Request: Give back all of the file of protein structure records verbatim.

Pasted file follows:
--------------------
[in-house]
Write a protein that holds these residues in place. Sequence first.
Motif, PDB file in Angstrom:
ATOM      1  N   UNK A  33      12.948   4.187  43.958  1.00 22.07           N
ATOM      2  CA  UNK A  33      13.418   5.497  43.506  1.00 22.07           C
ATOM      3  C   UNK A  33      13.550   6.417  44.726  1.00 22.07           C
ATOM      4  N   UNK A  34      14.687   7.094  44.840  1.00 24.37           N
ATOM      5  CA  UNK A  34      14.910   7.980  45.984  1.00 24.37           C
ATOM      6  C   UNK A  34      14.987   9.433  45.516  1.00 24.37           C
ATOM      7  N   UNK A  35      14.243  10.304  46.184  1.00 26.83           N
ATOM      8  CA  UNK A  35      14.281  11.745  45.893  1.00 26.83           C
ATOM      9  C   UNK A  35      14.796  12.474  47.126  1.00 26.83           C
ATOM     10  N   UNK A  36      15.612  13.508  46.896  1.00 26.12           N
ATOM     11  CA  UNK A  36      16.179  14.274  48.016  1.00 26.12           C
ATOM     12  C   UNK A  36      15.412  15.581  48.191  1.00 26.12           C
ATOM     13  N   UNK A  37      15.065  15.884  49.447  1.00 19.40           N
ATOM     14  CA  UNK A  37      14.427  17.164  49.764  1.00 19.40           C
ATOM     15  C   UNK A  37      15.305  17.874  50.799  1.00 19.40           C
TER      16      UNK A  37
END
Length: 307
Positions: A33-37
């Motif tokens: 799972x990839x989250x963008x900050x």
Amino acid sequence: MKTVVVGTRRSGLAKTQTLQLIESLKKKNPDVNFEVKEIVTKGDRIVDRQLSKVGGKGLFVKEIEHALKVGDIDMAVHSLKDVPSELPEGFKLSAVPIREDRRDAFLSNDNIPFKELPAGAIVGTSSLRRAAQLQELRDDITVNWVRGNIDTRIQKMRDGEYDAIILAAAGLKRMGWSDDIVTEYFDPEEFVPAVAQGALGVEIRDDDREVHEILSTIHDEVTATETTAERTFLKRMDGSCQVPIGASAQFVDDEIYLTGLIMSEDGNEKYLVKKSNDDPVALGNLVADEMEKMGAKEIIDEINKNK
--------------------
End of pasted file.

[in-house]
Write a protein that holds these residues in place. Sequence first.
Motif, PDB file in Angstrom:
ATOM      1  N   UNK A  33      12.948   4.187  43.958  1.00 22.07           N
ATOM      2  CA  UNK A  33      13.418   5.497  43.506  1.00 22.07           C
ATOM      3  C   UNK A  33      13.550   6.417  44.726  1.00 22.07           C
ATOM      4  N   UNK A  34      14.687   7.094  44.840  1.00 24.37           N
ATOM      5  CA  UNK A  34      14.910   7.980  45.984  1.00 24.37           C
ATOM      6  C   UNK A  34      14.987   9.433  45.516  1.00 24.37           C
ATOM      7  N   UNK A  35      14.243  10.304  46.184  1.00 26.83           N
ATOM      8  CA  UNK A  35      14.281  11.745  45.893  1.00 26.83           C
ATOM      9  C   UNK A  35      14.796  12.474  47.126  1.00 26.83           C
ATOM     10  N   UNK A  36      15.612  13.508  46.896  1.00 26.12           N
ATOM     11  CA  UNK A  36      16.179  14.274  48.016  1.00 26.12           C
ATOM     12  C   UNK A  36      15.412  15.581  48.191  1.00 26.12           C
ATOM     13  N   UNK A  37      15.065  15.884  49.447  1.00 19.40           N
ATOM     14  CA  UNK A  37      14.427  17.164  49.764  1.00 19.40           C
ATOM     15  C   UNK A  37      15.305  17.874  50.799  1.00 19.40           C
TER      16      UNK A  37
END
Length: 307
Positions: A33-37
């Motif tokens: 799972x990839x989250x963008x900050x």
Amino acid sequence: MKTVVVGTRRSGLAKTQTLQLIESLKKKNPDVNFEVKEIVTKGDRIVDRQLSKVGGKGLFVKEIEHALKVGDIDMAVHSLKDVPSELPEGFKLSAVPIREDRRDAFLSNDNIPFKELPAGAIVGTSSLRRAAQLQELRDDITVNWVRGNIDTRIQKMRDGEYDAIILAAAGLKRMGWSDDIVTEYFDPEEFVPAVAQGALGVEIRDDDREVHEILSTIHDEVTATETTAERTFLKRMDGSCQVPIGASAQFVDDEIYLTGLIMSEDGNEKYLVKKSNDDPVALGNLVADEMEKMGAKEIIDEINKNK